Tuesday, November 06, 2007

Why are there so few women architects?
Women have made great strides in the fields of law and medicine. About 26 percent of all practicing physicians are female (Source: Women's Physicians Congress of the American Medical Association). About 30 percent of all lawyers are women. (Source: A Current Glance at Women in the Law, 2007, American Bar Association). However, the New York Times reports that just 13 percent of AIA members nationwide are women.

It's such a low percentage that a headline writer at the Times titled Nicolai Ouroussoff's article, "Keeping Houses, Not Building Them." After listening to a discussion on the subject at the Museum of Modern Art, Ouroussoff concluded, "Sadly, there is little reason to expect the situation to improve anytime soon. The overwhelming financial and time pressures for architects haven’t changed much, nor has the chauvinism that women must navigate, from the developer’s office to the construction site. Despite its image as a bastion of progressivism, architecture is a profession in which the glass ceiling has yet to be scratched, must less shattered."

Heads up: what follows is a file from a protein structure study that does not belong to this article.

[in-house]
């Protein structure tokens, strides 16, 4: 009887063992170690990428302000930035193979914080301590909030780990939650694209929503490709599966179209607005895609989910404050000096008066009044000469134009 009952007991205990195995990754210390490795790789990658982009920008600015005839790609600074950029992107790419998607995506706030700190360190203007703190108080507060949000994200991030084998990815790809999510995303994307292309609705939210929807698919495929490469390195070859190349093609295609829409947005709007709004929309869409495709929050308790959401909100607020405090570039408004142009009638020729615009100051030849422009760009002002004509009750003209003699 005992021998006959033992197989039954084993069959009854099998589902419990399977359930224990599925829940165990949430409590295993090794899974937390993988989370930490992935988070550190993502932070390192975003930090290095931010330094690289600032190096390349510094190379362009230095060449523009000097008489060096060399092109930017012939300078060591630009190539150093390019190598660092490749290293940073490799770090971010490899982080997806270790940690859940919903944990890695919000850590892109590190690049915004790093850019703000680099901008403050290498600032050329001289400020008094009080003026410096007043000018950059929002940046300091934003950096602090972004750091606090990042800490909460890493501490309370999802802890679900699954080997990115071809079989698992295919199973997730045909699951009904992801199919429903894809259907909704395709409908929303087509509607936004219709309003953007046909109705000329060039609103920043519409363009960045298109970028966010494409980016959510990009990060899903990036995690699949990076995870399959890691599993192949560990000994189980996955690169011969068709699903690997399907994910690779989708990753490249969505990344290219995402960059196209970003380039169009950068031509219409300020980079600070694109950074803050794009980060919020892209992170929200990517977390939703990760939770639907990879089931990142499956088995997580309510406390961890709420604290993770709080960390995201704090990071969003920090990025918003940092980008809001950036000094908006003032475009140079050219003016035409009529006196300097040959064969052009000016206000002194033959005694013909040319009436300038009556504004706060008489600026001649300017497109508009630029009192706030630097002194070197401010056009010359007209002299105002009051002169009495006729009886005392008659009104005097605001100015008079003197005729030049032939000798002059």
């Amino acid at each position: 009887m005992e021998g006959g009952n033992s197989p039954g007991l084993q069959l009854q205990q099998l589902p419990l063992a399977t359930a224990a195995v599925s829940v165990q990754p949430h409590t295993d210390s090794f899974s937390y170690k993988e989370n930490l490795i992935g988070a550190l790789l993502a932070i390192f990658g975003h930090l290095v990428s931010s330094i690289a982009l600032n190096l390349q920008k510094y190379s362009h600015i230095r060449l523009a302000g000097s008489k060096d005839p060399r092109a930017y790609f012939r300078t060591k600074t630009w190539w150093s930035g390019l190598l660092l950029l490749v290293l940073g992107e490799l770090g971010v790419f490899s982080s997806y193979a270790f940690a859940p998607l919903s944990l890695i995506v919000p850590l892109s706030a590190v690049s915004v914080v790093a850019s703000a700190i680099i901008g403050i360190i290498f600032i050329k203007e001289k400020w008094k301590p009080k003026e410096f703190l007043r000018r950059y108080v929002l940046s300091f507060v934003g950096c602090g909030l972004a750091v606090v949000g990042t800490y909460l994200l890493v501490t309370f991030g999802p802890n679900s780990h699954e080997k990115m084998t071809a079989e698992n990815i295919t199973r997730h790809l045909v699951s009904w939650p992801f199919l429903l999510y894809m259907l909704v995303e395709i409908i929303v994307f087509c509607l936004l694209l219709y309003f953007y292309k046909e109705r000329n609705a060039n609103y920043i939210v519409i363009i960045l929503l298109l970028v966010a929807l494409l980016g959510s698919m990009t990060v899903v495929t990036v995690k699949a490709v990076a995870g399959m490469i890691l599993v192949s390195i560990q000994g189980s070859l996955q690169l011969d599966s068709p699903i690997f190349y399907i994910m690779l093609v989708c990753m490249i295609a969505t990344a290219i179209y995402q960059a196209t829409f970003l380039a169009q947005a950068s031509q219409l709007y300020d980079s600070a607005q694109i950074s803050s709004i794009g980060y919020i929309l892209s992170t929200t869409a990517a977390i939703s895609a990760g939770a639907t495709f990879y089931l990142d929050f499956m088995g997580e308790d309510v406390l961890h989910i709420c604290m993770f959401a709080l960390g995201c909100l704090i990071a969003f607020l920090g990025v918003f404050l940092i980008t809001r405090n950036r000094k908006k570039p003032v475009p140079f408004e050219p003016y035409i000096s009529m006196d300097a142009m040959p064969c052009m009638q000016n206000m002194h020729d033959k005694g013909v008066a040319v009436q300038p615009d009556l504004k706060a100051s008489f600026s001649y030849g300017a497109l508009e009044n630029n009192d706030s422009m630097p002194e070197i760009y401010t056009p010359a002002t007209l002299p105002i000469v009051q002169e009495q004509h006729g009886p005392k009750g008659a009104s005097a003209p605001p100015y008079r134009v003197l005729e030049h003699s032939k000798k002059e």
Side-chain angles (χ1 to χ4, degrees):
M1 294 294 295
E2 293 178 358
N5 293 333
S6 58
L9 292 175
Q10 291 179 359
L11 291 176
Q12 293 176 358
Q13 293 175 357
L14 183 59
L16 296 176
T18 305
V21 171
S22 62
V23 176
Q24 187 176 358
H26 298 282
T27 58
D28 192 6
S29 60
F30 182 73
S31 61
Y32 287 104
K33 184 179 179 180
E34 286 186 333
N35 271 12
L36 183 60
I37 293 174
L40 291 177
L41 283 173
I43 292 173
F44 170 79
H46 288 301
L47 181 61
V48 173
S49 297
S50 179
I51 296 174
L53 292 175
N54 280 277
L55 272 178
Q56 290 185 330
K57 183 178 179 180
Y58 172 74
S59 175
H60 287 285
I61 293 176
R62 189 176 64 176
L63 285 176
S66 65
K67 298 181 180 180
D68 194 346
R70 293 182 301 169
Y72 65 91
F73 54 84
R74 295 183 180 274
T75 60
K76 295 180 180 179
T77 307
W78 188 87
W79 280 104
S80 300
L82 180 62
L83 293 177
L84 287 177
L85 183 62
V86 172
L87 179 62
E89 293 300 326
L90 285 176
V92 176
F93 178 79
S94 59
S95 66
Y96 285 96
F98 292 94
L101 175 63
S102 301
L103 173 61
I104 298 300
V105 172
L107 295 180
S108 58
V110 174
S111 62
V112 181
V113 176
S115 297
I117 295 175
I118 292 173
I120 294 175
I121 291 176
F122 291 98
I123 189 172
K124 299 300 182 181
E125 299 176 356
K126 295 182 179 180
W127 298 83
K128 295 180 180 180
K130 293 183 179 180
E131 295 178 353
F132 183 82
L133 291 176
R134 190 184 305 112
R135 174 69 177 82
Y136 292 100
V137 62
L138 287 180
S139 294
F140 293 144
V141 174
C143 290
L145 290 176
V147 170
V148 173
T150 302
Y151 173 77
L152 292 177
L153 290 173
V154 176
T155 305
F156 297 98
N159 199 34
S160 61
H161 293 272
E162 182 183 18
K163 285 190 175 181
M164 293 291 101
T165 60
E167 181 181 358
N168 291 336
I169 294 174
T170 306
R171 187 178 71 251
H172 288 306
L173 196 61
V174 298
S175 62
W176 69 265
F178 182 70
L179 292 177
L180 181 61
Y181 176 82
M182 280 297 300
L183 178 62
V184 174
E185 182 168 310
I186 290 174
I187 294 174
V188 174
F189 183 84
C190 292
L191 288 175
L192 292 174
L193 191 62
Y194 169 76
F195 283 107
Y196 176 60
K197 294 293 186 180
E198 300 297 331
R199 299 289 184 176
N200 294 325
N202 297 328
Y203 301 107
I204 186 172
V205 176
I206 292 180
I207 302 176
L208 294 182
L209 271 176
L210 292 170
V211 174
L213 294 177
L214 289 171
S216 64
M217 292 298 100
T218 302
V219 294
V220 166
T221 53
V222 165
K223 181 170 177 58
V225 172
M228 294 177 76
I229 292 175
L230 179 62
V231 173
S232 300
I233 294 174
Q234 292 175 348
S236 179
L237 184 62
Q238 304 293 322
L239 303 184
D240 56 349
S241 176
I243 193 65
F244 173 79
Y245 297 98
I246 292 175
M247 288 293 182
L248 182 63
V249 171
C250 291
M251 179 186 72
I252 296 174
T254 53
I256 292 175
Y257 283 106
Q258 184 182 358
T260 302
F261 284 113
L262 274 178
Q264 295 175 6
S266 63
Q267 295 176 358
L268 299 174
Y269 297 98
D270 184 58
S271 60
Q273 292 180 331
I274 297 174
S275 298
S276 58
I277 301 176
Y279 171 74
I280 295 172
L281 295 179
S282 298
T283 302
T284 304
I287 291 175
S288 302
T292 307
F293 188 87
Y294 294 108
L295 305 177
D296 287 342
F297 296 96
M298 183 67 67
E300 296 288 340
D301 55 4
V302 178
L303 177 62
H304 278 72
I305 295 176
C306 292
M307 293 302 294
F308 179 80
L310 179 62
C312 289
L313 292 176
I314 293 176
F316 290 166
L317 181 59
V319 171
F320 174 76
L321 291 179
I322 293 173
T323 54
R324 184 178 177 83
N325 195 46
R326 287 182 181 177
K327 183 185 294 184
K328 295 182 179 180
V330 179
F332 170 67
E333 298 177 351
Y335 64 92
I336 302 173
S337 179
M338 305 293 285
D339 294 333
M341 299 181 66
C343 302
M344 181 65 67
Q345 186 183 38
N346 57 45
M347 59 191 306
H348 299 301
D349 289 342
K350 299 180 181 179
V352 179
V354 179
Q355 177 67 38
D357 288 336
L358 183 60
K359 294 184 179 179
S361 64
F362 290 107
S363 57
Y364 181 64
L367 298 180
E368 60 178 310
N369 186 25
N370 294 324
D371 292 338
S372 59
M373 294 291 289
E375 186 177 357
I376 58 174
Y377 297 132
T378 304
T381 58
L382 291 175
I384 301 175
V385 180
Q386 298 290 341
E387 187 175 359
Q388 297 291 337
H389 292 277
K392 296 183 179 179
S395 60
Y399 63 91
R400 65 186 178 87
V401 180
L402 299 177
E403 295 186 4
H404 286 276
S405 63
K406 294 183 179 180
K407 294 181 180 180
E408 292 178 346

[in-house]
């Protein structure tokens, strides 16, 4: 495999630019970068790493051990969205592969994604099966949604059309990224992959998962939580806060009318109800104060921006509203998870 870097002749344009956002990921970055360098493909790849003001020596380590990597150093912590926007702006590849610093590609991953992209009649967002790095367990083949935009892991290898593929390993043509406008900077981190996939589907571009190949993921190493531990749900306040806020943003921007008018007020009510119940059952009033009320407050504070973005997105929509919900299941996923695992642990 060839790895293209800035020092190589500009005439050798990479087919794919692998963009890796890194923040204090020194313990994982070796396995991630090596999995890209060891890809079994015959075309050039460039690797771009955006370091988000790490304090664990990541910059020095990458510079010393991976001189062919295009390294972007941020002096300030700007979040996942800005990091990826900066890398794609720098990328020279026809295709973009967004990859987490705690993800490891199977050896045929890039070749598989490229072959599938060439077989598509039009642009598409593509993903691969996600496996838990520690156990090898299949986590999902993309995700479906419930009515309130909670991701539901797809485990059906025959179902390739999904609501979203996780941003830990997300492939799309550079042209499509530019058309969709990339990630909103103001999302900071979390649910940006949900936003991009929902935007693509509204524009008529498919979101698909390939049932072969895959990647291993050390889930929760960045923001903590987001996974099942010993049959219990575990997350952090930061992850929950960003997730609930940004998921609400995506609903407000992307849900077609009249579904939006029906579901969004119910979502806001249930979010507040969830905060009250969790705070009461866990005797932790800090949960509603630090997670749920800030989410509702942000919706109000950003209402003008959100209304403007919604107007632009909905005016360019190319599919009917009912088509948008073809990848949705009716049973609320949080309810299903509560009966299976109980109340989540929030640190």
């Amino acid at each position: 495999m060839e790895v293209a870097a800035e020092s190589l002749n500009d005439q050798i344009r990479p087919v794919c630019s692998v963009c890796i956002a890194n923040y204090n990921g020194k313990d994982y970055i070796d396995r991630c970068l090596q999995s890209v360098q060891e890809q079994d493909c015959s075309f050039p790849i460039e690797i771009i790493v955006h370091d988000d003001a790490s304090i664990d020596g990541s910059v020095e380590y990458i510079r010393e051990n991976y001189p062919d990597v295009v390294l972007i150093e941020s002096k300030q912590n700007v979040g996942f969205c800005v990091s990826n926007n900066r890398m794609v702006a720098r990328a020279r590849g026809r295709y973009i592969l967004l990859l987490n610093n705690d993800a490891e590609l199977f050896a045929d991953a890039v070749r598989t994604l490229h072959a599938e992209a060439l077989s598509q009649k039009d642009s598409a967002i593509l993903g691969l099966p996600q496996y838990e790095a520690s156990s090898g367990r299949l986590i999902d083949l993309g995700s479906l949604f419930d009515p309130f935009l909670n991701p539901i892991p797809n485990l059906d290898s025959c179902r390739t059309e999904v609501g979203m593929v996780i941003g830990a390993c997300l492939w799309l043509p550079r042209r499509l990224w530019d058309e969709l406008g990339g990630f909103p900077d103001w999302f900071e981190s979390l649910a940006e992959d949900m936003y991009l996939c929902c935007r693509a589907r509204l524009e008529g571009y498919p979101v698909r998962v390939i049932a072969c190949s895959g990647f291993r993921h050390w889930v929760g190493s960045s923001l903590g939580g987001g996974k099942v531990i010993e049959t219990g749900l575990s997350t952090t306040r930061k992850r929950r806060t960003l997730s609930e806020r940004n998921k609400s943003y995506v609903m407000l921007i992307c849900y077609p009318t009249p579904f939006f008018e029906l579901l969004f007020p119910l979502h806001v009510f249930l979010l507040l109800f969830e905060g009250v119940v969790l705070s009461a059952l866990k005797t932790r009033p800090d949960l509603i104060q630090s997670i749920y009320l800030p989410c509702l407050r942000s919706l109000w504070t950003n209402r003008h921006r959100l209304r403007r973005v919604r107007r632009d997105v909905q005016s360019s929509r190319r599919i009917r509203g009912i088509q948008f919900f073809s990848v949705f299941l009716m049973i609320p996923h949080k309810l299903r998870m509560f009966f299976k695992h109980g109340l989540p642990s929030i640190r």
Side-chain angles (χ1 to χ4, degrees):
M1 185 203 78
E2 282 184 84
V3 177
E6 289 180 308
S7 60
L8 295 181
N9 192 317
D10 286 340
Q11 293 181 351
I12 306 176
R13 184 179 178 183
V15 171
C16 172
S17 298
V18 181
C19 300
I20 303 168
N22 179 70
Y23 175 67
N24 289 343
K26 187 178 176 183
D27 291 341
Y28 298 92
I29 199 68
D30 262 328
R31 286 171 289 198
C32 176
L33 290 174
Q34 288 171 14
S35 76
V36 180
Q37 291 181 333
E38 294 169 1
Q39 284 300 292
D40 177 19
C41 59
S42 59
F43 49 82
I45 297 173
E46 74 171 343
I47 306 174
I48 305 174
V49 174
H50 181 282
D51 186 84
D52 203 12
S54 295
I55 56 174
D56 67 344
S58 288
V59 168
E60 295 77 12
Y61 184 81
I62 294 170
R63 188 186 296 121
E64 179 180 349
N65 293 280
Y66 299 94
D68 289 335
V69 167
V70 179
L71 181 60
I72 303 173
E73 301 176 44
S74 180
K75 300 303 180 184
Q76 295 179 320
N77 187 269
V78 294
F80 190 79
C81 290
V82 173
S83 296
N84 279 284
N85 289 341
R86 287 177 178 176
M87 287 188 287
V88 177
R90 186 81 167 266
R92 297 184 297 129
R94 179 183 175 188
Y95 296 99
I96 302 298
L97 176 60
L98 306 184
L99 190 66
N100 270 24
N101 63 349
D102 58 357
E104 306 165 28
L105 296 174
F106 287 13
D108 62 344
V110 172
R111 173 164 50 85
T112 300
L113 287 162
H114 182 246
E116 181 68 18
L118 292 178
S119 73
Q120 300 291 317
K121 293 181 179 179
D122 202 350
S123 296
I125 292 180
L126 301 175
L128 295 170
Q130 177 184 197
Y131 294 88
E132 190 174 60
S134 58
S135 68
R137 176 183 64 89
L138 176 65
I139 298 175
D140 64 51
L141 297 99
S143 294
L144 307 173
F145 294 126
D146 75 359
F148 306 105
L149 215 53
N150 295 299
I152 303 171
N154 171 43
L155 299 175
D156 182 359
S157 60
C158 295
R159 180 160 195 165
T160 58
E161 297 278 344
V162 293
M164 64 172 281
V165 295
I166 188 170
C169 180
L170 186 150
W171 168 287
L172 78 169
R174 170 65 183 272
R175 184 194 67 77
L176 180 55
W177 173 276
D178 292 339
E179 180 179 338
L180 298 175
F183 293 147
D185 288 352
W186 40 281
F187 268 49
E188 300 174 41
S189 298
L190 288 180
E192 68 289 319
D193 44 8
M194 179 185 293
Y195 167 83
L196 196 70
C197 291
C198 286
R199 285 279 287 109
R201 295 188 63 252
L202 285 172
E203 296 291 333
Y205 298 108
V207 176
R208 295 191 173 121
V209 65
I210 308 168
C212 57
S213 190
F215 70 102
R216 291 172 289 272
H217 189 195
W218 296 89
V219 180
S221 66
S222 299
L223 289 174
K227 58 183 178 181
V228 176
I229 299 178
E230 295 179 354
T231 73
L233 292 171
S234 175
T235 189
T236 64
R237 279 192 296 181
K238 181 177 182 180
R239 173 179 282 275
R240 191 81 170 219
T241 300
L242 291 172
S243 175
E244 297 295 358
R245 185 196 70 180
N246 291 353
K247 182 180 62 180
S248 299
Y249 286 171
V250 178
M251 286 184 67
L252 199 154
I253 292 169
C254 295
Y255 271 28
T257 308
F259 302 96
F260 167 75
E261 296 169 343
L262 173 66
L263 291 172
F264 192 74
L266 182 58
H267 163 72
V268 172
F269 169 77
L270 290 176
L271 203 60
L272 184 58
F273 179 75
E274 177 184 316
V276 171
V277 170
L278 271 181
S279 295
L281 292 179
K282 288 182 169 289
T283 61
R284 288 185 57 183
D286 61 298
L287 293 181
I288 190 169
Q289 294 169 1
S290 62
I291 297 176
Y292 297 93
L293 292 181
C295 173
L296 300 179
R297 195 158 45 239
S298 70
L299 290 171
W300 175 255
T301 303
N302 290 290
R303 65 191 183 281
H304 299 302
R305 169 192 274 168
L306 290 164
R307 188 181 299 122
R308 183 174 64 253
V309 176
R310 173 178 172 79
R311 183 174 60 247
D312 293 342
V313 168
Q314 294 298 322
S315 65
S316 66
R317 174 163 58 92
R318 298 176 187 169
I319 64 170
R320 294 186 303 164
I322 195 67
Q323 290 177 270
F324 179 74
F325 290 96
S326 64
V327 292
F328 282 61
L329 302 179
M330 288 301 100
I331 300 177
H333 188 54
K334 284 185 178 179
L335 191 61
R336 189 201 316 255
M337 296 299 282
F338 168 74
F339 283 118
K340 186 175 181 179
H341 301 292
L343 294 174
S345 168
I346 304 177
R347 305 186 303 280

What do you think? How are women architects in Minnesota faring? Do you agree with Ouroussoff's conclusions? How much discrimination do women face in Minnesota architecture?


betadinesutures said...

I think perhaps reframing the question in another way might be beneficial. The fact that only 13% of the members of the AIA are women, does not necessarily mean that 13% of architects are women, joining the AIA is not a requirement to be an architect. The question should be posed to the membership of the AIA; why are women architects not joining the AIA? Then again you could also ask where is the AIA in minority representation as a whole?

Todd Melby said...

Thanks for the comment. And a valid point about AIA membership. I'd be intestered in hearing from other readers about sexism (or lack of sexism) in the profession. Do you personally encounter it? Or are we living in a post-sexist world?